Allison Elrod is a senior at Auburn University in interior design, but something not everyone would guess is how much she loves Taco Bell.
“I eat there multiple times a week and sometimes twice a day,” Elrod said.
When she heard there was going to be an entire hotel centered around her fast food obsession, she knew she had to go.
Elrod is one of the few Taco Bell fanatics who had the opportunity to stay at the first ever pop-up Taco Bell-themed hotel in Palm Springs, California.
Getting a room was no easy feat, Elrod said, as the hotel was only running for four days with around 80 rooms, and reservations booked up almost instantly once the website was live. However, Elrod was determined to get one of the highly coveted spots, she said.
The day the website went live, Elrod was in Italy studying abroad. After a day trip to Rome, Elrod and her friends rushed back to her room to try and reserve a spot, while Elrod’s
mother and one of her friends back home simultaneously waited with laptops ready to help her chances.
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“I have never clicked so fast in my life, and within about 30 seconds, I had picked dates, entered my card info and honestly just clicked a bunch of buttons that I didn’t even know what they did,” Elrod said.
She hit submit, and the screen went blank. After a few minutes she figured the site had crashed and she had lost her spot, but moments later, she saw the request had gone through. Her room was reserved for two nights.
“I was so shocked, and a bunch of the girls with me in Italy started screaming because they were sitting around waiting to see if I got it after I had talked about going all week, and the frozen screen left us all in suspense,” Elrod said.
A few months later Elrod and her mother took their first trip to California to check into “The Bell.”
According to Elrod, the hotel was all she could’ve asked for and more. Upon arrival she received a tote bag full of Taco Bell related goodies and a complimentary Baja Blast with a watermelon popsicle inside of it.
Along with room keys and VIP wristbands, they were given a key to the “Freeze Room,” a previous guest room converted into an ice bar with complimentary Baja Blast Freezes for all guests.
The room held a free stocked mini fridge, Taco Bell branded bath robes and even toiletries stamped with the Taco Bell logo.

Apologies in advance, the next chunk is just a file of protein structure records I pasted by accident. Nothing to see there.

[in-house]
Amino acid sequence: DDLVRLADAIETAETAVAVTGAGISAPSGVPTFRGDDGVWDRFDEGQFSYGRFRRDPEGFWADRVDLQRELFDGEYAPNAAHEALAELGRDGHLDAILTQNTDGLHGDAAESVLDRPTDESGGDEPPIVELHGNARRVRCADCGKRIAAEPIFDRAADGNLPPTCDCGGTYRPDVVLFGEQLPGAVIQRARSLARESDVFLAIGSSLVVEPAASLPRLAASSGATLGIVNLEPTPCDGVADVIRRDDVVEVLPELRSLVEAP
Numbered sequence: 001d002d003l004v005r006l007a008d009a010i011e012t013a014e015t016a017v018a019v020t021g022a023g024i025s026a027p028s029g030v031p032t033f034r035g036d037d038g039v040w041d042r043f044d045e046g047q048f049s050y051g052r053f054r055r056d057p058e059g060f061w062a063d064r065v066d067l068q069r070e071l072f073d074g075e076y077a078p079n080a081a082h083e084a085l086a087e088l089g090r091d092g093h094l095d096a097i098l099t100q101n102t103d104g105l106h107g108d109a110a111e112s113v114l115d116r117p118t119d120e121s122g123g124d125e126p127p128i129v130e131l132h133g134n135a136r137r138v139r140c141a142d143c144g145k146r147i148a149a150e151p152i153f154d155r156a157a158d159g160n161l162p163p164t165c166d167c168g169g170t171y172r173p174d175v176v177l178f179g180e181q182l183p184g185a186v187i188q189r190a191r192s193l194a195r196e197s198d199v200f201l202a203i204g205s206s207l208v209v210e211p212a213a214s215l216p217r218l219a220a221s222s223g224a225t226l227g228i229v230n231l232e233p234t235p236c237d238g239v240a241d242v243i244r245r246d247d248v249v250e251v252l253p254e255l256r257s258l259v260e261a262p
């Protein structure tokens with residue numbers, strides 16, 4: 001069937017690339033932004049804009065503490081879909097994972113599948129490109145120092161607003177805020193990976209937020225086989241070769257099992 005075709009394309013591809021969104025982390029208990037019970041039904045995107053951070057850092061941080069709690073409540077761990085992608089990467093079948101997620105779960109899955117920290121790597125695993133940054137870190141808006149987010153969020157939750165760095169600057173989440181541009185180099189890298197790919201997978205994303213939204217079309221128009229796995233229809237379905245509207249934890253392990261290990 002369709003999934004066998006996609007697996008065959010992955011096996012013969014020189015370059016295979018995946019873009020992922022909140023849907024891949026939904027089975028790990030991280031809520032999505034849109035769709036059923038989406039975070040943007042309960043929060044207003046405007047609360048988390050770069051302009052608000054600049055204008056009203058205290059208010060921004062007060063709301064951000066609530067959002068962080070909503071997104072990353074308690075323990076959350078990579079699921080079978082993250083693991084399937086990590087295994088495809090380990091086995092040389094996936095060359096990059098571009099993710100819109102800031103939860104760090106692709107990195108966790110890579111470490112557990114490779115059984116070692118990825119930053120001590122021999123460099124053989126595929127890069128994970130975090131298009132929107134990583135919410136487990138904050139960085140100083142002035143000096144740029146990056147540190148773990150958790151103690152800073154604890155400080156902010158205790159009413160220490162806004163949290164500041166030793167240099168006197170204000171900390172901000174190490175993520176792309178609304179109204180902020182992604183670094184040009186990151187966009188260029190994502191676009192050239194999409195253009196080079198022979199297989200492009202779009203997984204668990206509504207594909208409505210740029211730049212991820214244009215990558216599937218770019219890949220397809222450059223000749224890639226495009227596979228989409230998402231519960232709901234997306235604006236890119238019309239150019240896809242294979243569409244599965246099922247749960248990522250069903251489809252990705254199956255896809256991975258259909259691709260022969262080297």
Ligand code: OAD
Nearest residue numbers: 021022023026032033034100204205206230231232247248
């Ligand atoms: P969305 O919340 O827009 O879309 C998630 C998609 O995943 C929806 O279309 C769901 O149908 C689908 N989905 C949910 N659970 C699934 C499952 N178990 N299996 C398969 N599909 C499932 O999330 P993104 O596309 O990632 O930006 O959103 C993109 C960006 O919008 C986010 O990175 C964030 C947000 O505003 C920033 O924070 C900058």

“Everything from the bedspread to the art hanging on the wall was Taco Bell-themed,” she said.
The complimentary room service at this hotel was no ordinary breakfast in bed; it was something truly original.
Staying true to the Taco Bell theme, breakfast was a tray of ingredients to build your own tacos each morning, Elrod said.
The pool area came with even more free food and drinks, which is where Elrod and her mother spent the majority of their time.
“There was a full bar with the coolest cocktails, and every so often a bell would ring and waiters would flood the pool deck with trays full of free tacos and other unique menu items,” Elrod said.
Along with unlimited tacos, Elrod got to see multiple famous people who came to experience the hotel for themselves, such as Jeffree Star, Drake Bell and Bruce Vine.
Elrod made several friends during her stay, instantly bonded by their common love for Taco Bell.
One woman she met invited her and her mother for a tour around L.A., and they ended up drinking wine and watching the sunset at her beach house.
For $160 a night, this experience exceeded all of Elrod’s expectations. With so many free drinks, food and merchandise, it was well worth the trip to her, she said.
As a student in interior design, Elrod found the entire design aspect of the hotel to be especially intriguing since she wants to focus on hospitality design and decorating special events.
Elrod said she hopes there will be another pop-up hotel soon, and maybe at that time, she could be the one helping to design it.
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